Open government advocate Elizabeth Denham named as preferred candidate to succeed Christopher Graham
A well known figure on the international open government and privacy scene has been named as preferred candidate to become the next information commissioner.
Elizabeth Denham, currently the information and privacy commissioner in British Columbia, Canada, will be the first overseas national to hold the post. If her appointment is approved by a pre-scrutiny hearing by the Culture, Media and Sports Select Committee, she will take over from the incumbent, Christopher Graham, this summer.
Denham will be the fifth person to hold the post since it was created as the data protection registrar in 1984, and unlike any of her predecessors she comes to the role with a track record of opening government data. While freedom of information became part of the commissioner’s brief under the Freedom of Information Act 2000, ensuring that data is digital and machine-readable has never been a priority for the office.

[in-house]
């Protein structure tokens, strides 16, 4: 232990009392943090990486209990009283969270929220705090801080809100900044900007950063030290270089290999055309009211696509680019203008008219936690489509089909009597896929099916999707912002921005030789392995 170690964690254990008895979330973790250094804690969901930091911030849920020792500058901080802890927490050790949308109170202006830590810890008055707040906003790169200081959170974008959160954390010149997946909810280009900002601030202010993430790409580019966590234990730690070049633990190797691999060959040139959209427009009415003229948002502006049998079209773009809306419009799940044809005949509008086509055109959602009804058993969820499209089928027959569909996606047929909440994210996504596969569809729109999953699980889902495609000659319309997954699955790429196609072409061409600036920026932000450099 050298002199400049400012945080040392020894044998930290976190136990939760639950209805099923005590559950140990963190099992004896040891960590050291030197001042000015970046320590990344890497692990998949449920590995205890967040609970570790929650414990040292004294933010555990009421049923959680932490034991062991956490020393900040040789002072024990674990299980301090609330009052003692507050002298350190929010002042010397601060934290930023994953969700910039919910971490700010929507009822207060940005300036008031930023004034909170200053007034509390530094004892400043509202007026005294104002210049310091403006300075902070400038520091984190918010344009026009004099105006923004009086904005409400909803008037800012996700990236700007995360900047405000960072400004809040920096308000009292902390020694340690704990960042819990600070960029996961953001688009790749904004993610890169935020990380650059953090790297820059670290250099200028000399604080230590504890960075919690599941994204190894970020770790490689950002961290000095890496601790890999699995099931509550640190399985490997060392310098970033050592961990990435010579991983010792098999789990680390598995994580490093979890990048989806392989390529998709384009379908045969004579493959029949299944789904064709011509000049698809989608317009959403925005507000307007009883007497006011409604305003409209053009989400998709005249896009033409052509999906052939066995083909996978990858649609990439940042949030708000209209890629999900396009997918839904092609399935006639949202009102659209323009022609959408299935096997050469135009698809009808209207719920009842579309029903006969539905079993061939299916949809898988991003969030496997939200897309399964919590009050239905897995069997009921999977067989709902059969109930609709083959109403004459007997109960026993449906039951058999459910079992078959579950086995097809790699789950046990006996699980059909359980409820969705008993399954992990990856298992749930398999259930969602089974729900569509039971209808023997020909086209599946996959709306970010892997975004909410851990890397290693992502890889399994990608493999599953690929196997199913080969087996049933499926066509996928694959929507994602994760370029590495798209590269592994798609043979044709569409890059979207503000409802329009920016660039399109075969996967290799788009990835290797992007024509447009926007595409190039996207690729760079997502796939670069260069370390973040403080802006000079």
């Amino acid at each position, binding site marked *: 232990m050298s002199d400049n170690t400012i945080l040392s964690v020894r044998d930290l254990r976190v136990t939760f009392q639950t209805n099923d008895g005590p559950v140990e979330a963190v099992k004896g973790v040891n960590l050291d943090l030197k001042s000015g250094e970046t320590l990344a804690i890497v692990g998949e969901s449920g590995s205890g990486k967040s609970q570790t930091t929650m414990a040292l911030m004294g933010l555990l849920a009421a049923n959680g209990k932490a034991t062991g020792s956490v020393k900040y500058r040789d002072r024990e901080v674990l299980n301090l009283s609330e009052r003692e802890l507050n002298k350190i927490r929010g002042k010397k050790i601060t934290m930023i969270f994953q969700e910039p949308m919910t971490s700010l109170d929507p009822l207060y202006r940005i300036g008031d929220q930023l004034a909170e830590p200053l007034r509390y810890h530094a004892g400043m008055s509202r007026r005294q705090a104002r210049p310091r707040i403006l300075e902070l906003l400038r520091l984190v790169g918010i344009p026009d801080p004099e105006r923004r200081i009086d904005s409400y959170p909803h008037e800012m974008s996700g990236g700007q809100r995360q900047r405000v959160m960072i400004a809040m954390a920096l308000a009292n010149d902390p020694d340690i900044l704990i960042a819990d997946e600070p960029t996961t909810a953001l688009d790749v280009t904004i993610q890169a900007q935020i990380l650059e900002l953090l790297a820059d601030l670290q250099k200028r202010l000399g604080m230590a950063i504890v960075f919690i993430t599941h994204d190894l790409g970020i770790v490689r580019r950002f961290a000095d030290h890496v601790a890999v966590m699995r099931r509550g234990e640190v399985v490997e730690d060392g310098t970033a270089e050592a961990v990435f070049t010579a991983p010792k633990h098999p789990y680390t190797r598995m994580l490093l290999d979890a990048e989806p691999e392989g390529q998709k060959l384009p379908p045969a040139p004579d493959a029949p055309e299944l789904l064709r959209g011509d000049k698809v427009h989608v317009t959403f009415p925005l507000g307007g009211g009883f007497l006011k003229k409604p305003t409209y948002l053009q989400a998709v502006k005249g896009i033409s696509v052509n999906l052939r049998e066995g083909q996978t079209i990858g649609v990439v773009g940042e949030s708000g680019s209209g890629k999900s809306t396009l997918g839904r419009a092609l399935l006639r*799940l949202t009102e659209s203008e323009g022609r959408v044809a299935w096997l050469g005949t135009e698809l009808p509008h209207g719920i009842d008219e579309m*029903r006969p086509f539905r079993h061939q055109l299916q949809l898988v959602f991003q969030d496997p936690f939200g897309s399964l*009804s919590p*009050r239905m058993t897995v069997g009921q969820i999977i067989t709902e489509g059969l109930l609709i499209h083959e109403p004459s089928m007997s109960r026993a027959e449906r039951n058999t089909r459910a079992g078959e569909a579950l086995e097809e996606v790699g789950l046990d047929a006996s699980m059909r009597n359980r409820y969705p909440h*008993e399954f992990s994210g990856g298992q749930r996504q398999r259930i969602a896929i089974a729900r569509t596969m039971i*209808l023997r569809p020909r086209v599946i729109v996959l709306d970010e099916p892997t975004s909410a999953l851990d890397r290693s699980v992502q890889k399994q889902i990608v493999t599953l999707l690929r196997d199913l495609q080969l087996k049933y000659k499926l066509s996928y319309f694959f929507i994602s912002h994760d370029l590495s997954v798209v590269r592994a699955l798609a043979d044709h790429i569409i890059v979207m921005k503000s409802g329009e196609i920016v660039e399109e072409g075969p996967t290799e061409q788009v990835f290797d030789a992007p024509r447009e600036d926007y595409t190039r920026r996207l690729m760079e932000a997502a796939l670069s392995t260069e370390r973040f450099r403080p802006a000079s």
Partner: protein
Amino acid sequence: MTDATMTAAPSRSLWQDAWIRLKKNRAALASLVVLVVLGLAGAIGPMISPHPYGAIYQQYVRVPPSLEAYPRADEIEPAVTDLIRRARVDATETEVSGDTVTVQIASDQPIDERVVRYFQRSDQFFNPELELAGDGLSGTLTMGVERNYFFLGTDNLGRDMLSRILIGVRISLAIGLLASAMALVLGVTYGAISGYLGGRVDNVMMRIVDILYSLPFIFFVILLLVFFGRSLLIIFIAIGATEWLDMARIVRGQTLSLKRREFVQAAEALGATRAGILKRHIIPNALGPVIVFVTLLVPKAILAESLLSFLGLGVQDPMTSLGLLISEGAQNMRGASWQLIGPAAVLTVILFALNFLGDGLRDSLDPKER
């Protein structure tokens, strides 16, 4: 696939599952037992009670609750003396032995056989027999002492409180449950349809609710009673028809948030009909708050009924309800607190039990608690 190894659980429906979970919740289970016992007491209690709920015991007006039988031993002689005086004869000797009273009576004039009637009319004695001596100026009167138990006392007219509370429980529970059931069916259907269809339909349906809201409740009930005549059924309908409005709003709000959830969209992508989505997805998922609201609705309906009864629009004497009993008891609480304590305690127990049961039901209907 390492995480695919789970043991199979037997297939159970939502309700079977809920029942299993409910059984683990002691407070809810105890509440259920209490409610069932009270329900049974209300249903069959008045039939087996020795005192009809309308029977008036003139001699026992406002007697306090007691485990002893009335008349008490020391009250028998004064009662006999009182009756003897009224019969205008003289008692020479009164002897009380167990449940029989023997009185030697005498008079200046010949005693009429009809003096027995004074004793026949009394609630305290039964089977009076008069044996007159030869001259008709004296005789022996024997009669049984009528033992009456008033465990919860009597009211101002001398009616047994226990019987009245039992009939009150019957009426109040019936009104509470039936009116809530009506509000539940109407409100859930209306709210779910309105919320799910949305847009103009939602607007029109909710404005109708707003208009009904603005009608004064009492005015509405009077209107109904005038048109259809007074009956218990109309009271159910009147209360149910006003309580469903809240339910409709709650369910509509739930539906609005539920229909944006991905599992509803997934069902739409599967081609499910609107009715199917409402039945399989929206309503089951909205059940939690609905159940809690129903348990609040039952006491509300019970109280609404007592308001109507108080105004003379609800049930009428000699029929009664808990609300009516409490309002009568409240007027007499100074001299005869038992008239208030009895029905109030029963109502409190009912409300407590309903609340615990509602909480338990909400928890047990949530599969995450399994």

The Government said that Denham was selected for the role following a recruitment process overseen by the Office of the Commissioner for Public Appointments and will serve a term of five years.
Denham said: “I believe the rapid pace of technological change we face will continue to accelerate and present challenges to information rights – we must ensure access to information while maintaining high standards of data protection. The Information Commissioner’s Office has a global reputation for practical, innovative and responsive regulation. I look forward to contributing to this work.”
In her current role, Denham clashed with the Canadian government over its practice of ‘triple deleting’ emails to prevent them coming under scrutiny.
Before her appointment in British Columbia, she served as assistant privacy commissioner of Canada, where she led an investigation into the privacy practices of Facebook which resulted in global changes to the social networking site.
Transparency and information rights featured prominently in the new Canadian federal government’s manifesto. Promises include an amendment to the Access to Information Act so that all government data and information is made open by default in machine-readable, digital formats.